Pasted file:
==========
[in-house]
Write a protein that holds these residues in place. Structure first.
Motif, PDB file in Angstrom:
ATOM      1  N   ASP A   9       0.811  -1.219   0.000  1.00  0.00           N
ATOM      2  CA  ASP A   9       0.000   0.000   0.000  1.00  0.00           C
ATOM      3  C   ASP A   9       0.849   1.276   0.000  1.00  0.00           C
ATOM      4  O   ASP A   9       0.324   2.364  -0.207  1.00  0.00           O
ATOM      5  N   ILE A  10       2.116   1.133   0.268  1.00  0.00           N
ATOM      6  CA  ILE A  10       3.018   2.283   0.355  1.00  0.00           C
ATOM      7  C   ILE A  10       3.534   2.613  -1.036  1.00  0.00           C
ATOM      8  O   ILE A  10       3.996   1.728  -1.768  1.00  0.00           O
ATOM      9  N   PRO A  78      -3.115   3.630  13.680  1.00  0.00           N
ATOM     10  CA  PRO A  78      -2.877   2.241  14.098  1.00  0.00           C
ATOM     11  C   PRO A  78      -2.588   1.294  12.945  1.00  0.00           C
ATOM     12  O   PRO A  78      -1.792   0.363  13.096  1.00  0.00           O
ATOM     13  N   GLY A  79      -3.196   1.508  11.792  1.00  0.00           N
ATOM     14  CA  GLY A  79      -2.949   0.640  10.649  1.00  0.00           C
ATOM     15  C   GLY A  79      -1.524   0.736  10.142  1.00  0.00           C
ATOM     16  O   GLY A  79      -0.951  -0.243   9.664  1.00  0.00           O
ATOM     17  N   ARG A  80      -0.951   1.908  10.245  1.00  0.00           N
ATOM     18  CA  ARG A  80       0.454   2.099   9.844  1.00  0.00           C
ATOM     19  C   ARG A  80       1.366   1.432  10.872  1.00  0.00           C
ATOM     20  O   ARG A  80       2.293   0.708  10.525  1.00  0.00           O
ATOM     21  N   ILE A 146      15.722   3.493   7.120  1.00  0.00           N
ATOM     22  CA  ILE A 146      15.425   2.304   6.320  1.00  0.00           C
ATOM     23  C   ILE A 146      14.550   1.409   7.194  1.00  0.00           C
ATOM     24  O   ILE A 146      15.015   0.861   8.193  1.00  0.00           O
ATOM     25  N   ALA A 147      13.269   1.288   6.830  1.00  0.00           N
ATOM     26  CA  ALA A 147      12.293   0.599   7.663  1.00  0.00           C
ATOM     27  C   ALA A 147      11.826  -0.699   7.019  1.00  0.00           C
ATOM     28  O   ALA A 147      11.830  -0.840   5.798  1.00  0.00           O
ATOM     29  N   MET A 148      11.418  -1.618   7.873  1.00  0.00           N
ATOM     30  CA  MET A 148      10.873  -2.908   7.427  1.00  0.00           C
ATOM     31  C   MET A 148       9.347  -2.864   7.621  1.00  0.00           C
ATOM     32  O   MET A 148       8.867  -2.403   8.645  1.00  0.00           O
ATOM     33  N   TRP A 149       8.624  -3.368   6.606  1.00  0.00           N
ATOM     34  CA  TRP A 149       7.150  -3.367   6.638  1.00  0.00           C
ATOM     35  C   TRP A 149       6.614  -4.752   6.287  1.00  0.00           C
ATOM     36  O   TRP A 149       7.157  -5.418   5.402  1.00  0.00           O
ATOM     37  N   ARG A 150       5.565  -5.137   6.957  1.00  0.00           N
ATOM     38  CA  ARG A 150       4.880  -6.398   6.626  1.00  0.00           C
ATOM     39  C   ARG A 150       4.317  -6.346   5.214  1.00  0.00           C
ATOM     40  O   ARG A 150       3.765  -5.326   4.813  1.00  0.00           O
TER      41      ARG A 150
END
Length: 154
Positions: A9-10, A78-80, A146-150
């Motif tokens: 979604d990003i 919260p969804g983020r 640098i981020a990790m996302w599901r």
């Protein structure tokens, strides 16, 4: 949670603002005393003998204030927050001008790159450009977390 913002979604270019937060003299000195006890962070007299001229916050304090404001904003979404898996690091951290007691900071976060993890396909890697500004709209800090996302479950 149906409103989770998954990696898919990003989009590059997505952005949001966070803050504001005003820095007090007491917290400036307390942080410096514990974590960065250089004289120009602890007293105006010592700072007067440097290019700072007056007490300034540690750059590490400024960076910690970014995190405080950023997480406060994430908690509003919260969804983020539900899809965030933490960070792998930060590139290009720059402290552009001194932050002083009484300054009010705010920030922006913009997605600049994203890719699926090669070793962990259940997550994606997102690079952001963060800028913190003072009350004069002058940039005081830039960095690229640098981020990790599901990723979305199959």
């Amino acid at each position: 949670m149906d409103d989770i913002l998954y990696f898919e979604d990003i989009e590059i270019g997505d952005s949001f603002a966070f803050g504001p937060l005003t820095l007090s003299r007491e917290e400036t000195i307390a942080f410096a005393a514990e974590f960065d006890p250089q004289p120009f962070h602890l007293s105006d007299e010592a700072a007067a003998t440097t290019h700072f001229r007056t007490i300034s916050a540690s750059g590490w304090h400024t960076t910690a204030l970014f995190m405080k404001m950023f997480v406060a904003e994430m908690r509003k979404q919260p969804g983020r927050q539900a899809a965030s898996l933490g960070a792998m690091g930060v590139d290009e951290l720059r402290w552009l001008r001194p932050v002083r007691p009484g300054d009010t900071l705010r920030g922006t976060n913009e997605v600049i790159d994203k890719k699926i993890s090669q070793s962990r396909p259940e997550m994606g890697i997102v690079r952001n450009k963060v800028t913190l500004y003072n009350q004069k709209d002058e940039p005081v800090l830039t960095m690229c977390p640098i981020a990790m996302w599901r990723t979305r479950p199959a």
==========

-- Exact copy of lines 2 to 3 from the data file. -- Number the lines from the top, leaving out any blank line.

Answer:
Write a protein that holds these residues in place. Structure first.
Motif, PDB file in Angstrom: